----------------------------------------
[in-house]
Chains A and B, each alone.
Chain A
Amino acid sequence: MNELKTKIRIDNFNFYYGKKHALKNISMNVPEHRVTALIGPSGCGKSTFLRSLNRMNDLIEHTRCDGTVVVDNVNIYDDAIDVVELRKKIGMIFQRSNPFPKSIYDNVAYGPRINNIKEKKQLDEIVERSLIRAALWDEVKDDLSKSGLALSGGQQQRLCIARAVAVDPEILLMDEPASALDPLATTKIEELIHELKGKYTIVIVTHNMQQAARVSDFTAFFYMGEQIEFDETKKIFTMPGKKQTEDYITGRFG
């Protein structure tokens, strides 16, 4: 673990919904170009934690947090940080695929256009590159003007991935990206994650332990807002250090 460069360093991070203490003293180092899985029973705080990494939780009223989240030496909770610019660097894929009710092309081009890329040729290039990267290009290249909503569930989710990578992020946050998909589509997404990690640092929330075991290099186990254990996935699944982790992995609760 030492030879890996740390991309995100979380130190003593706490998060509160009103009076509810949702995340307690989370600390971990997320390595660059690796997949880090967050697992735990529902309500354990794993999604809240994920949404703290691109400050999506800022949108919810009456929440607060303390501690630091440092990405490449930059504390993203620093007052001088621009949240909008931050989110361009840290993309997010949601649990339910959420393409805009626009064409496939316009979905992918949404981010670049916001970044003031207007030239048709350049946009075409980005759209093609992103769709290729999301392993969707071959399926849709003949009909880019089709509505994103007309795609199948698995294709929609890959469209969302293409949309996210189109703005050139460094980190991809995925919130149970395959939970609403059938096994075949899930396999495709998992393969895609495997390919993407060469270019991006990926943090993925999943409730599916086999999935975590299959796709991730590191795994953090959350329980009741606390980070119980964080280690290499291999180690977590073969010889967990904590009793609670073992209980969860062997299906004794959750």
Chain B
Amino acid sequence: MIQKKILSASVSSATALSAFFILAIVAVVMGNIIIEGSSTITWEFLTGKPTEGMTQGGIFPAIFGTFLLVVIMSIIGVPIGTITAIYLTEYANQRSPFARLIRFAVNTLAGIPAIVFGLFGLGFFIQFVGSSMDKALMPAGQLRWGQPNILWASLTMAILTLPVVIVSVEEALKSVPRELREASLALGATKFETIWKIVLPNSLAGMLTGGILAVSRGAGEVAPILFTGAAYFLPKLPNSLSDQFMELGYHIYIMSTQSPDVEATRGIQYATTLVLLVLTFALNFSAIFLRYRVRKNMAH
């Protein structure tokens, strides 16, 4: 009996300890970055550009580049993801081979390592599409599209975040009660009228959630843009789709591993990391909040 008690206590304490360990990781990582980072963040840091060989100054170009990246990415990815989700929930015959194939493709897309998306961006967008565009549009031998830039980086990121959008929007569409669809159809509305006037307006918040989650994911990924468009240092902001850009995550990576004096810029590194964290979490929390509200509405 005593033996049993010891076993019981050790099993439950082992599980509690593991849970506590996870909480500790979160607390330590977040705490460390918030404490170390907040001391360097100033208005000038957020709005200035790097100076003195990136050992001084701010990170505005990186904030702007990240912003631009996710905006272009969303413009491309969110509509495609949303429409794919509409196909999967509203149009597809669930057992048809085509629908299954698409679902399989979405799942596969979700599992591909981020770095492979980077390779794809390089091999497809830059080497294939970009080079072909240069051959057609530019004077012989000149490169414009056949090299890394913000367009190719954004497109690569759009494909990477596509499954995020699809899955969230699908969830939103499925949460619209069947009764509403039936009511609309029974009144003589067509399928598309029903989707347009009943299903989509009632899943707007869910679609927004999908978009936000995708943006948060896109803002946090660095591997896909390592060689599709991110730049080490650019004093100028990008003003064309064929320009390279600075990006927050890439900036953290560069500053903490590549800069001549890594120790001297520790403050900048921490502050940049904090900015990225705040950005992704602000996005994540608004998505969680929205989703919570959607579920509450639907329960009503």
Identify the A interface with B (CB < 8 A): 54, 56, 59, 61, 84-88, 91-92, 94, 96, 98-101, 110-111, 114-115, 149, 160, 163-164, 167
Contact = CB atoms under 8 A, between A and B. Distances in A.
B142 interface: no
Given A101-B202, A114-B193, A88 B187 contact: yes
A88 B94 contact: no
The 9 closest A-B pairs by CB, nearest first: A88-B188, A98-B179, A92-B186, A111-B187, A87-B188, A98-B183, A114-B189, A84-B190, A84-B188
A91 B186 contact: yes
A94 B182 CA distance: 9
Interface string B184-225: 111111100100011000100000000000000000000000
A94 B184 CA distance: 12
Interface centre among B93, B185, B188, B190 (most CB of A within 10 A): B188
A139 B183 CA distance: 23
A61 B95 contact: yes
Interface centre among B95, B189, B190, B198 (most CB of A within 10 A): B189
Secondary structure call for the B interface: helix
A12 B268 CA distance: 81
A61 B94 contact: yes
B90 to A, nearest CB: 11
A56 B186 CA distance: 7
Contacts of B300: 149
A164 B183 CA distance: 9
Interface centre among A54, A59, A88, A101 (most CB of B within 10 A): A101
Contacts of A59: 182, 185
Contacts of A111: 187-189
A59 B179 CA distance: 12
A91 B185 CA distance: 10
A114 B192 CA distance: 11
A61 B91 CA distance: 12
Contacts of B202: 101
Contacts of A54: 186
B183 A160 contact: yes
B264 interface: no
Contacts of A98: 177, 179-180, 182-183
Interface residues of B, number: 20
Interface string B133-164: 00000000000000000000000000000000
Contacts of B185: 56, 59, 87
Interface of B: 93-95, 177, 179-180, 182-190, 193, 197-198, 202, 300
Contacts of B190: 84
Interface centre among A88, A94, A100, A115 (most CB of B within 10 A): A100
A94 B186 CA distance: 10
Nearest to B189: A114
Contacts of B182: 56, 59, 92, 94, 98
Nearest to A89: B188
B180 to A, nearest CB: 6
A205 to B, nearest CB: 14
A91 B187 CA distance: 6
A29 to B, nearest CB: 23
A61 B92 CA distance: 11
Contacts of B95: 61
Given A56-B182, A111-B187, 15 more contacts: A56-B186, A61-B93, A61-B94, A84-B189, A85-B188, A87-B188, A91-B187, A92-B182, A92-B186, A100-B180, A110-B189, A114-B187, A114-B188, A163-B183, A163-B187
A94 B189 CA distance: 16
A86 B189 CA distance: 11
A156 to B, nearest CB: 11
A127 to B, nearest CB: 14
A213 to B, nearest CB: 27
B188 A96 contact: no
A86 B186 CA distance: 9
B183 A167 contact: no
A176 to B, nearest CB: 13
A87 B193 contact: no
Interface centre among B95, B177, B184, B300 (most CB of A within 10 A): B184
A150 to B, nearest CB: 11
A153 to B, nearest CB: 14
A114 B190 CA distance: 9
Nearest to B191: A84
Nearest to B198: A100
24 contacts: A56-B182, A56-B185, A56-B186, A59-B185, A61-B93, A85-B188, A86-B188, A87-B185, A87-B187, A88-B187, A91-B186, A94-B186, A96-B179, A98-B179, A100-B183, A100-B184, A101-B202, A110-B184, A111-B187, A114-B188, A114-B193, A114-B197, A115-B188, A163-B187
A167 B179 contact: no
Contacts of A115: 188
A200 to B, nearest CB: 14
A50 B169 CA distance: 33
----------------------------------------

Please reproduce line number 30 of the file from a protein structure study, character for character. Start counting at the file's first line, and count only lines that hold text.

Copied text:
Interface centre among A54, A59, A88, A101 (most CB of B within 10 A): A101